Understanding Childhood Leukaemia

An exploration into childhood leukaemia, a journey marked by courage, care and the unwavering strengths of families facing the complexities of this condition.
By the team at Speedoc,
February 15, 2024
What is childhood leukaemia?

Leukaemia accounts for 40% of childhood cancer cases in Singapore, making it the most prevalent type of cancer in this age group. This form of cancer impacts the blood and bone marrow, where an overproduction of immature white blood cells occurs. This excessive production hinders the normal function of the bone marrow, affecting the generation of other essential blood cells, including red blood cells and platelets. Consequently, children with leukaemia become more susceptible to infections, experience anaemia, and have an increased likelihood of bleeding due to the impaired ability of normal blood clotting.

While there are different types of leukaemia, the 2 primary types of leukaemia that affect children are:

  1. Acute Lymphoblastic Leukaemia (ALL): 

  2. Mainly affects the lymphoid cells, which are responsible for the immune system’s function. ALL starts in the bone marrow and spreads quickly to other body parts like the central nervous system, liver, lymph nodes, spleen and testicles in male patients. Approximately 80% of childhood leukaemia cases are ALL. 

  3. Acute Myeloid Leukaemia (AML): 

  4. Targets the myeloid cells, which are responsible for the production of red blood cells, platelets and certain types of white blood cells. AML first starts from the bone marrow then spreads to the blood, followed by other body parts similar to ALL. Approximately 20% of childhood leukaemia cases are AML.

Leukaemia can be acute (fast developing) and chronic (slow developing). Chronic leukaemia is extremely rare in children, only 5% of cases are diagnosed as chronic. 

Recognising the signs 

Leukaemia can be a perplexing journey, it often begins with subtle signs that may easily be attributed to common childhood ailments. These signs include:

  • Fatigue and weakness: Persistent lethargy and weakness that hinders a child’s usual activities.

  • Frequent infections: A higher susceptibility to infections and a prolonged recovery period.

  • Unexplained bruising or bleeding: Easy bruising or bleeding, even with minor injuries.

  • Joint and bone pain: Aching or pain in the joints and bones, sometimes misinterpreted as growing pains.

  • Pale skin: An unusual pallor or paleness that may signal a decline in red blood cells.

While these signs may be indicative of various health issues, it's crucial for parents and caregivers to stay vigilant and consult with healthcare professionals if these symptoms persist or intensify. Early detection plays a crucial role in ensuring effective treatment. Familiarising yourself with the symptoms of childhood leukaemia can make a significant difference in initiating timely medical intervention, improving the chances of successful outcomes in the treatment journey.

Risk factors

Some known risk factors include:

  1. Genetic factors

  2. Exposure to radiation

  3. Chemical exposure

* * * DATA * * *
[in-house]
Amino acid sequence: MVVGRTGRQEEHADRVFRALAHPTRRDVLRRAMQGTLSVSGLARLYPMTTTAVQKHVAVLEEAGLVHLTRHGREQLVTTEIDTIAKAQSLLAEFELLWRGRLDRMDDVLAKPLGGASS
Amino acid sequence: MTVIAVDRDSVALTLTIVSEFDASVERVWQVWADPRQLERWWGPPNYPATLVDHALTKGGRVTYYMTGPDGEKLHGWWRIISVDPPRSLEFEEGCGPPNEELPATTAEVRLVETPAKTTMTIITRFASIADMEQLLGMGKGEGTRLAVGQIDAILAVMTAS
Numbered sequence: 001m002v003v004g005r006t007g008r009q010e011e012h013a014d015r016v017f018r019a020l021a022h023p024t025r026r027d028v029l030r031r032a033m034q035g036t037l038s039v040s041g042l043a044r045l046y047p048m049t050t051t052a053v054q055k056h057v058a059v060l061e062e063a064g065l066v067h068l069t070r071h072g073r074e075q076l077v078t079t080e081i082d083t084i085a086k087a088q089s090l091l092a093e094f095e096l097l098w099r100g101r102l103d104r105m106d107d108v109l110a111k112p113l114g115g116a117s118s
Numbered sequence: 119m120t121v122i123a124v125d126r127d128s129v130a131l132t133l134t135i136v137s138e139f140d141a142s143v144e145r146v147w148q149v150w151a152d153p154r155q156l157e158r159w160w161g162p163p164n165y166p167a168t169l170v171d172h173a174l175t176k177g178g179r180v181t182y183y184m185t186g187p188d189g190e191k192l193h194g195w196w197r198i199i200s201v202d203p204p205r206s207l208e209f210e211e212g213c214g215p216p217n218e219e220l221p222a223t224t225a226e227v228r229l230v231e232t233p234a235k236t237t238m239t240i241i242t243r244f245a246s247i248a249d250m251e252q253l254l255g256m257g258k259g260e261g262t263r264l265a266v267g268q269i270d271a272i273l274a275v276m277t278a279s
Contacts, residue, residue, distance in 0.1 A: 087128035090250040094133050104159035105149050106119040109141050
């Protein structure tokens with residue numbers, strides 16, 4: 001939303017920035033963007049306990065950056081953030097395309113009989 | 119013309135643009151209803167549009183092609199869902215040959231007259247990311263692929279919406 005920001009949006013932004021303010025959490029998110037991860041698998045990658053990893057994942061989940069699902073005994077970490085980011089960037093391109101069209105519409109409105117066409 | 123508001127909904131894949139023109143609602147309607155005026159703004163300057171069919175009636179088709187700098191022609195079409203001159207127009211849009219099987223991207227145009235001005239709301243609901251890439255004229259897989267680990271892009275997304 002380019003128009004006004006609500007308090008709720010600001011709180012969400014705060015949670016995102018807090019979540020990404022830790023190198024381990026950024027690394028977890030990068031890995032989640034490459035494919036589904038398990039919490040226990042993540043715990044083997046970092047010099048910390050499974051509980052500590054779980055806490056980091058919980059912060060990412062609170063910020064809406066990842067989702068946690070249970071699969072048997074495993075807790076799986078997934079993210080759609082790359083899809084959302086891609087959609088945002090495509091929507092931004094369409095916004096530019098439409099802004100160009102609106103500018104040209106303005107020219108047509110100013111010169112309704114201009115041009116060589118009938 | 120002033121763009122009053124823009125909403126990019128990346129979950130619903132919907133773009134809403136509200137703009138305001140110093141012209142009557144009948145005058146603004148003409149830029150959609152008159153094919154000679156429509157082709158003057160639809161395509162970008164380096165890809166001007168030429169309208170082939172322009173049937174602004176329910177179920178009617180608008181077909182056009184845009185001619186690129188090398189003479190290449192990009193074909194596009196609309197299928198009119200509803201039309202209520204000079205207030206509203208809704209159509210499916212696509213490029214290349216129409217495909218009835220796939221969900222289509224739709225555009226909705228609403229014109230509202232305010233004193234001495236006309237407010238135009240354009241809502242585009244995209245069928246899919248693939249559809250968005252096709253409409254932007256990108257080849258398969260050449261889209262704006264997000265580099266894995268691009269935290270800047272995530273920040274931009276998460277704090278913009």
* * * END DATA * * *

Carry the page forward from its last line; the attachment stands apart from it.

4. Previous cancer treatment

  5. Certain medical conditions related to autoimmune diseases

Despite these factors, a significant number of leukaemia cases occur in individuals without any identifiable risk factors. If you have concerns about leukaemia or any other health issues, it's recommended to consult with a healthcare professional for personalised advice and guidance.

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A Pillar Of Strength

Coping with childhood leukaemia extends beyond medical interventions, emotional support is a vital pillar. For parents, time may seem to stop and the world becomes a maze of fear and uncertainty. However, through this trying journey, parents remain as the constant source of strength for their child. Here are some guidance that you may find useful:  

  • Emotional Support

Acknowledge their feelings and fears, fostering an environment where the child feels comfortable expressing their feelings and concerns. Child life specialists or counsellors can help the child cope with the emotional challenges associated with cancer treatment.

  • Comfortable Environment

Ensure your child’s living space is comfortable by incorporating favourite toys, books or other personal items to create a sense of familiarity.

  • Nutrition and Hydration

Encourage regular hydration, especially if treatment causes nausea or changes in appetite. Develop a well-balanced diet that meets your child’s nutritional needs during treatment.

  • Social Connections

Stay connected with friends and classmates, even if it means virtual interactions during periods of isolation. Involve friends and family in your child’s journey, creating a network of emotional support.


While caring for your child, avoid neglecting your own emotional well-being too. Connecting with friends and families facing similar challenges can provide a sense of understanding and shared strength. Counselling services also offer a safe space for emotional expression and coping strategies.

As we delve into the complexities of childhood leukaemia, the landscape is evolving with ongoing research and advancements in medical science. Increased awareness, early detection, and comprehensive support systems are vital for brighter outcomes for young warriors facing this silent battle.

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